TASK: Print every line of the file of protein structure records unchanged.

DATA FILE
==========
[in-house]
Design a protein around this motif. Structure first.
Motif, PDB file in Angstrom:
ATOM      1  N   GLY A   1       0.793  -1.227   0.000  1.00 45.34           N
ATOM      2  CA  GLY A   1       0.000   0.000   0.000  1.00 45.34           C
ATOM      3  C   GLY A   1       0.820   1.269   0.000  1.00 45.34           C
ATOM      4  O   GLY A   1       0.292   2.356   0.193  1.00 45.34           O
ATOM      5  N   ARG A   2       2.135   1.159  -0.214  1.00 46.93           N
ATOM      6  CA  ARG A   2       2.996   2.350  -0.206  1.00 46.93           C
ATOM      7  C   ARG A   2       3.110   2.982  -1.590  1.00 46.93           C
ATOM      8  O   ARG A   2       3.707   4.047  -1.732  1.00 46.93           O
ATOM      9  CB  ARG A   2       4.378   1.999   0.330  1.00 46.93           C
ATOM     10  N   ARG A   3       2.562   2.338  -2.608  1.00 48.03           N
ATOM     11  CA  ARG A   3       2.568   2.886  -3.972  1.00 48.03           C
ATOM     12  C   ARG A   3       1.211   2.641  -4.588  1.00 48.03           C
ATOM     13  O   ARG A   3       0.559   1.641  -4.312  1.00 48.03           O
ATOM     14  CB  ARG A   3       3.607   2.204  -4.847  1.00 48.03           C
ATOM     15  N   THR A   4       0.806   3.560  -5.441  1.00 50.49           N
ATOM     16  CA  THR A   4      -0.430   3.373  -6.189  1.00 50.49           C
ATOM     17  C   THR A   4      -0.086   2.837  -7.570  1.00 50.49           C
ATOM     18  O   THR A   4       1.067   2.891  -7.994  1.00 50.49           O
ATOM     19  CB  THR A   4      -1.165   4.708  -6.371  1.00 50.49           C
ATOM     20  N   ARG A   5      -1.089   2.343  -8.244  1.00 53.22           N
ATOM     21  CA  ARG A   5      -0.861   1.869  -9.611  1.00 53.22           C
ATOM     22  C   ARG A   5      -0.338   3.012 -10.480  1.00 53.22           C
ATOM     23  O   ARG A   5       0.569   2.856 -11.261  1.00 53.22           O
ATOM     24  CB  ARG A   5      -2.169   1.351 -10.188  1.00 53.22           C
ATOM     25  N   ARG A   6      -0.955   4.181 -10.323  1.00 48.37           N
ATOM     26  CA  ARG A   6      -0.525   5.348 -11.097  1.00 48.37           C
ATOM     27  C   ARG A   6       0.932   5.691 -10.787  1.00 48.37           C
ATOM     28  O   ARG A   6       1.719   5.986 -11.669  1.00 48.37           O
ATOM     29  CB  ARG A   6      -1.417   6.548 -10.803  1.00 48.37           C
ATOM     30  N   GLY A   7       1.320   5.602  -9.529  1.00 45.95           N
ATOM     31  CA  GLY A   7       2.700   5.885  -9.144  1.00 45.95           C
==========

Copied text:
[in-house]
Design a protein around this motif. Structure first.
Motif, PDB file in Angstrom:
ATOM      1  N   GLY A   1       0.793  -1.227   0.000  1.00 45.34           N
ATOM      2  CA  GLY A   1       0.000   0.000   0.000  1.00 45.34           C
ATOM      3  C   GLY A   1       0.820   1.269   0.000  1.00 45.34           C
ATOM      4  O   GLY A   1       0.292   2.356   0.193  1.00 45.34           O
ATOM      5  N   ARG A   2       2.135   1.159  -0.214  1.00 46.93           N
ATOM      6  CA  ARG A   2       2.996   2.350  -0.206  1.00 46.93           C
ATOM      7  C   ARG A   2       3.110   2.982  -1.590  1.00 46.93           C
ATOM      8  O   ARG A   2       3.707   4.047  -1.732  1.00 46.93           O
ATOM      9  CB  ARG A   2       4.378   1.999   0.330  1.00 46.93           C
ATOM     10  N   ARG A   3       2.562   2.338  -2.608  1.00 48.03           N
ATOM     11  CA  ARG A   3       2.568   2.886  -3.972  1.00 48.03           C
ATOM     12  C   ARG A   3       1.211   2.641  -4.588  1.00 48.03           C
ATOM     13  O   ARG A   3       0.559   1.641  -4.312  1.00 48.03           O
ATOM     14  CB  ARG A   3       3.607   2.204  -4.847  1.00 48.03           C
ATOM     15  N   THR A   4       0.806   3.560  -5.441  1.00 50.49           N
ATOM     16  CA  THR A   4      -0.430   3.373  -6.189  1.00 50.49           C
ATOM     17  C   THR A   4      -0.086   2.837  -7.570  1.00 50.49           C
ATOM     18  O   THR A   4       1.067   2.891  -7.994  1.00 50.49           O
ATOM     19  CB  THR A   4      -1.165   4.708  -6.371  1.00 50.49           C
ATOM     20  N   ARG A   5      -1.089   2.343  -8.244  1.00 53.22           N
ATOM     21  CA  ARG A   5      -0.861   1.869  -9.611  1.00 53.22           C
ATOM     22  C   ARG A   5      -0.338   3.012 -10.480  1.00 53.22           C
ATOM     23  O   ARG A   5       0.569   2.856 -11.261  1.00 53.22           O
ATOM     24  CB  ARG A   5      -2.169   1.351 -10.188  1.00 53.22           C
ATOM     25  N   ARG A   6      -0.955   4.181 -10.323  1.00 48.37           N
ATOM     26  CA  ARG A   6      -0.525   5.348 -11.097  1.00 48.37           C
ATOM     27  C   ARG A   6       0.932   5.691 -10.787  1.00 48.37           C
ATOM     28  O   ARG A   6       1.719   5.986 -11.669  1.00 48.37           O
ATOM     29  CB  ARG A   6      -1.417   6.548 -10.803  1.00 48.37           C
ATOM     30  N   GLY A   7       1.320   5.602  -9.529  1.00 45.95           N
ATOM     31  CA  GLY A   7       2.700   5.885  -9.144  1.00 45.95           C